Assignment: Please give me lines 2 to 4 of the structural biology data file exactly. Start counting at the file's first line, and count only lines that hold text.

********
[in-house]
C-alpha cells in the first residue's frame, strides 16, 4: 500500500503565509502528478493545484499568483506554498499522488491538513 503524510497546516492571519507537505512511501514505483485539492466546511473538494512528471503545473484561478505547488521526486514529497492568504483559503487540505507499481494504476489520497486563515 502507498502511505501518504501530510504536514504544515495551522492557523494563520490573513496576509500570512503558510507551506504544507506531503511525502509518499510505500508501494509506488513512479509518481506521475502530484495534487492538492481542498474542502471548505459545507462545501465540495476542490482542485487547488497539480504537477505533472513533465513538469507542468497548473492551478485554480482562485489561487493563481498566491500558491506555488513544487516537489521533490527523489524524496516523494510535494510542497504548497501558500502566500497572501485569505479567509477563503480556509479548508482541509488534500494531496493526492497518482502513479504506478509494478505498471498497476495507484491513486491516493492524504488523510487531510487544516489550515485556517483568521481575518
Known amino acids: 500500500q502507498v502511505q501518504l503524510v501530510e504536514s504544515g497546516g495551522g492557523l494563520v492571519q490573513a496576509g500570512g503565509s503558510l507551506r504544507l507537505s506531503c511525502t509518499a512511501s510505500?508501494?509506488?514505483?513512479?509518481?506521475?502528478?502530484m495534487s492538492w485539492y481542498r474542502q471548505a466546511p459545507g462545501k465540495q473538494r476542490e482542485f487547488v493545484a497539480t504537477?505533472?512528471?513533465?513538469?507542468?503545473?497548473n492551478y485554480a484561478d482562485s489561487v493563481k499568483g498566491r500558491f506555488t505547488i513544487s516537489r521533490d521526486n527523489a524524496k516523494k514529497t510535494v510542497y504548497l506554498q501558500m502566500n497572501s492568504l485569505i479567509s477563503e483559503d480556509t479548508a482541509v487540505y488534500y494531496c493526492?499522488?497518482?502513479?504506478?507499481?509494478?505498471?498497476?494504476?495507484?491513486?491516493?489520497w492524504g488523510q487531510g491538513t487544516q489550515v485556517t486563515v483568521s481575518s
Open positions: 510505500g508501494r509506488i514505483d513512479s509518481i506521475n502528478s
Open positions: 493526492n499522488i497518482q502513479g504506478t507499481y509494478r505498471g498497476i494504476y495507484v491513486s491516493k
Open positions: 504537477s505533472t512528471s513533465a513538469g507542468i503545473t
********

C-alpha cells in the first residue's frame, strides 16, 4: 500500500503565509502528478493545484499568483506554498499522488491538513 503524510497546516492571519507537505512511501514505483485539492466546511473538494512528471503545473484561478505547488521526486514529497492568504483559503487540505507499481494504476489520497486563515 502507498502511505501518504501530510504536514504544515495551522492557523494563520490573513496576509500570512503558510507551506504544507506531503511525502509518499510505500508501494509506488513512479509518481506521475502530484495534487492538492481542498474542502471548505459545507462545501465540495476542490482542485487547488497539480504537477505533472513533465513538469507542468497548473492551478485554480482562485489561487493563481498566491500558491506555488513544487516537489521533490527523489524524496516523494510535494510542497504548497501558500502566500497572501485569505479567509477563503480556509479548508482541509488534500494531496493526492497518482502513479504506478509494478505498471498497476495507484491513486491516493492524504488523510487531510487544516489550515485556517483568521481575518
Known amino acids: 500500500q502507498v502511505q501518504l503524510v501530510e504536514s504544515g497546516g495551522g492557523l494563520v492571519q490573513a496576509g500570512g503565509s503558510l507551506r504544507l507537505s506531503c511525502t509518499a512511501s510505500?508501494?509506488?514505483?513512479?509518481?506521475?502528478?502530484m495534487s492538492w485539492y481542498r474542502q471548505a466546511p459545507g462545501k465540495q473538494r476542490e482542485f487547488v493545484a497539480t504537477?505533472?512528471?513533465?513538469?507542468?503545473?497548473n492551478y485554480a484561478d482562485s489561487v493563481k499568483g498566491r500558491f506555488t505547488i513544487s516537489r521533490d521526486n527523489a524524496k516523494k514529497t510535494v510542497y504548497l506554498q501558500m502566500n497572501s492568504l485569505i479567509s477563503e483559503d480556509t479548508a482541509v487540505y488534500y494531496c493526492?499522488?497518482?502513479?504506478?507499481?509494478?505498471?498497476?494504476?495507484?491513486?491516493?489520497w492524504g488523510q487531510g491538513t487544516q489550515v485556517t486563515v483568521s481575518s
Open positions: 510505500g508501494r509506488i514505483d513512479s509518481i506521475n502528478s